If she lived in the Birmingham of my father’s youth, she wouldn’t have been able to sit with white patrons in the movie theaters where my father worked as an usher. She wouldn’t have been able to sit next to him on the public streetcars. When she went home, she would have gone to neighborhoods which were inferior to the ones in which my father and other white people lived, because the law ensured that she was kept away from white neighborhoods.
Those wouldn’t have been “good old days” to her, at least not in many key respects.
Today isn’t perfect and not every change over the years has been positive. But we are more educated than ever before. We live more comfortable lives than ever. Even the poorest among us today are better off than those of a century ago. We have more social mobility than ever before.
This is the best that human life has ever been. We have never had so much choice about what to become or how to live our lives. Only a short-sighted person — and one whose memory is clouded by nostalgia — could believe the world of the past was truly better.
There are a lot of things about today which we can argue about — and even fight about. Those on the progressive left want to force change in directions that seem dangerous to me. Those on the conservative right often want to return to a utopian past which never existed except in their fantasies. We will continue to butt heads as we work out how to get to a better future.
I believe things are going to get ugly in my lifetime, because I think there will be economic and political collapse, followed by a lot of painful societal restructuring. Is that scary? Yes. But it’s no different from what has happened throughout human history. And every time we have gone through upheavals, we have found ways to come out better than we were before.
In another interview last week, John Paul White explained where the idea for “The Good Old Days” came from.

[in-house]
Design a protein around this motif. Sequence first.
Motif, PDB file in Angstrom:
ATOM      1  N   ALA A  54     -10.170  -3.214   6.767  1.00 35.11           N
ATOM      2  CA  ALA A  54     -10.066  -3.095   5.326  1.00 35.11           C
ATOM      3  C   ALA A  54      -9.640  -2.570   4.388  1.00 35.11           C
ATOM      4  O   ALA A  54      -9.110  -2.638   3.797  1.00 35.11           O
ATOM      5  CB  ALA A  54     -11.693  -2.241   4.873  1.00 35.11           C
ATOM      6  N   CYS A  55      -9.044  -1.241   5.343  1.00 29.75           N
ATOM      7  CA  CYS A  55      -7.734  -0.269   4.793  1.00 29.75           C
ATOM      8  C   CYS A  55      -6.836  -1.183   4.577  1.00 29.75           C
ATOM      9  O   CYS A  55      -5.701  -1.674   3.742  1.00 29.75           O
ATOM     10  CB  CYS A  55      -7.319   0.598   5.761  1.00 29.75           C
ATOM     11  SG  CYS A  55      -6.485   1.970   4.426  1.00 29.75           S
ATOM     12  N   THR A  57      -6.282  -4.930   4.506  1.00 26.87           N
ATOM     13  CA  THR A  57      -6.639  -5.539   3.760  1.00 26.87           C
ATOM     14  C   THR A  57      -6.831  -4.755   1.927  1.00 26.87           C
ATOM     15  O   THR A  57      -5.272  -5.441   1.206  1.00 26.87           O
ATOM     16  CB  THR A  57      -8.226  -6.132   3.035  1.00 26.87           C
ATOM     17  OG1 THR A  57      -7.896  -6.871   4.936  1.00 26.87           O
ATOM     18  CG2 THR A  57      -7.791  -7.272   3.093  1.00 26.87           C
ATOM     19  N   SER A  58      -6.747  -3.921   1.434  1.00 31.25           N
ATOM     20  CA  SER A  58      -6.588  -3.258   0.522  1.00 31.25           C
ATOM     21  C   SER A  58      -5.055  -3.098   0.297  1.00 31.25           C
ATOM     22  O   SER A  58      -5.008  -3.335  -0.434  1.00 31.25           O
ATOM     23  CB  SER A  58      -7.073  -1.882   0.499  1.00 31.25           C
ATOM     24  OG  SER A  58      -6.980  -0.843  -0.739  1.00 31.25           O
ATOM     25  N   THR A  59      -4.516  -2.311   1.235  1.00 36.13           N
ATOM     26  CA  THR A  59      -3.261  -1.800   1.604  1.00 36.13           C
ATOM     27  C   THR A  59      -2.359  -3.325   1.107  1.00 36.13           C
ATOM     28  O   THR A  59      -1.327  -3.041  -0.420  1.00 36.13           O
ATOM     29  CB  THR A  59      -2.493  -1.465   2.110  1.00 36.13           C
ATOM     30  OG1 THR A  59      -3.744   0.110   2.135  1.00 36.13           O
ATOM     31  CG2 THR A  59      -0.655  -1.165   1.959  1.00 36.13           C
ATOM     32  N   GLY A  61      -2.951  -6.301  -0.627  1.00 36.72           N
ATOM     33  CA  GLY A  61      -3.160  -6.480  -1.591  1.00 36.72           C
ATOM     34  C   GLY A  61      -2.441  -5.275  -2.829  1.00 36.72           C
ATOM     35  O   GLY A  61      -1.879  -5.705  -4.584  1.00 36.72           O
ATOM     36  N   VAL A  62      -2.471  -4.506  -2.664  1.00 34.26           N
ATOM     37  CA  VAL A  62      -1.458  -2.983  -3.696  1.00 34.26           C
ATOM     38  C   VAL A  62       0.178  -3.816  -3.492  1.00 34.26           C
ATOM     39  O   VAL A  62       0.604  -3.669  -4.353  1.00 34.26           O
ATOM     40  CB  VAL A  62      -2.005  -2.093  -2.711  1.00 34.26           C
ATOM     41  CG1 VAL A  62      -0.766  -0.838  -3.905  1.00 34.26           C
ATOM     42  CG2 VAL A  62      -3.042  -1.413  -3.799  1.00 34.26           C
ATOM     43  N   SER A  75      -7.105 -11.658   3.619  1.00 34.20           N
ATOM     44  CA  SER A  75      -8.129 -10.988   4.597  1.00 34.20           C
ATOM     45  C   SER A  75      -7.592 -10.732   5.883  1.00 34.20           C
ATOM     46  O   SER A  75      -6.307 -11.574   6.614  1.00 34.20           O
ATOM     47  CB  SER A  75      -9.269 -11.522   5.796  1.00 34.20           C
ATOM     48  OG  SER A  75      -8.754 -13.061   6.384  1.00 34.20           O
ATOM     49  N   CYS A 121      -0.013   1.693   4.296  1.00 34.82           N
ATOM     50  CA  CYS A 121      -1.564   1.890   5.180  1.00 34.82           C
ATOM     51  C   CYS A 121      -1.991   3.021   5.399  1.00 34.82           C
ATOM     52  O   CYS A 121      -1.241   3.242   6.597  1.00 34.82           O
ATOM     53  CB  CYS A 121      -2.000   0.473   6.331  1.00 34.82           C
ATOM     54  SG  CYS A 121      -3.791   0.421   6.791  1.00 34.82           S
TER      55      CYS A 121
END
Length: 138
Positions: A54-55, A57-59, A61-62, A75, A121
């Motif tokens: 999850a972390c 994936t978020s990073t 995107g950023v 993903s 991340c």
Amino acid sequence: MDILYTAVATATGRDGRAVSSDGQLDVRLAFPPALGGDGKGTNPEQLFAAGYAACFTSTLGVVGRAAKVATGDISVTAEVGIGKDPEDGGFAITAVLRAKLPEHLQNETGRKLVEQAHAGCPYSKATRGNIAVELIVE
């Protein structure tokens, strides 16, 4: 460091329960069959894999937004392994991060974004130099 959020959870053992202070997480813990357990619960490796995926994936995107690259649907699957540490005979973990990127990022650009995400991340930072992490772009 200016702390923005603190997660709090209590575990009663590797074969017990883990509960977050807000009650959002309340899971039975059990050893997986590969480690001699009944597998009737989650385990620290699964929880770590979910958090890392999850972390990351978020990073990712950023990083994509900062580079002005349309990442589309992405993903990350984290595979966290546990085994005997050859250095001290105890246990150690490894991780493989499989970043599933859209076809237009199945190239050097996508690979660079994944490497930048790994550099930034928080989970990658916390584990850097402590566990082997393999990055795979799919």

“This song came out of nowhere,” he told The Country Note. “The title of the song was born of a conversation with my wife, Jenny. We were reminiscing about harder times in the past, moments where we struggled to get by. I said derisively, ‘Ah, the good old days.’ And we both thought, why do people say that? The last thing I’d want to do is go back and relive it. These are the good days. The best, I’d like to believe, are yet to come.”
We might argue and fight about what life ought to be, but the most optimistic and truthful thing we can say is that today is the best life has ever been — and that the future will be even better.
Donald Trump became president by appealing to the desires of a lot of frightened people to return to something they see as more stable and more solid. But the “great” past he preaches never really existed. Those of us who hate certain things about modern culture won’t find salvation in returning to a non-existent past.
Our salvation will come only by building an even better future.
Looking to the past is not the way to deal with our problems or our fears. We have to face the change all around us and find ways that we can all live in peace among each other — and part of that starts with letting others live the way they want to live, while we ask nothing of them but to be allowed to live our own lives, too.
The Trump political movement will be a short-lived thing, because it’s a dead end. People will soon discover that there’s no great past to which to return.
Our best days are still ahead. We have to build a better world. One day, maybe current reality will be as great as nostalgia makes the past appear to be.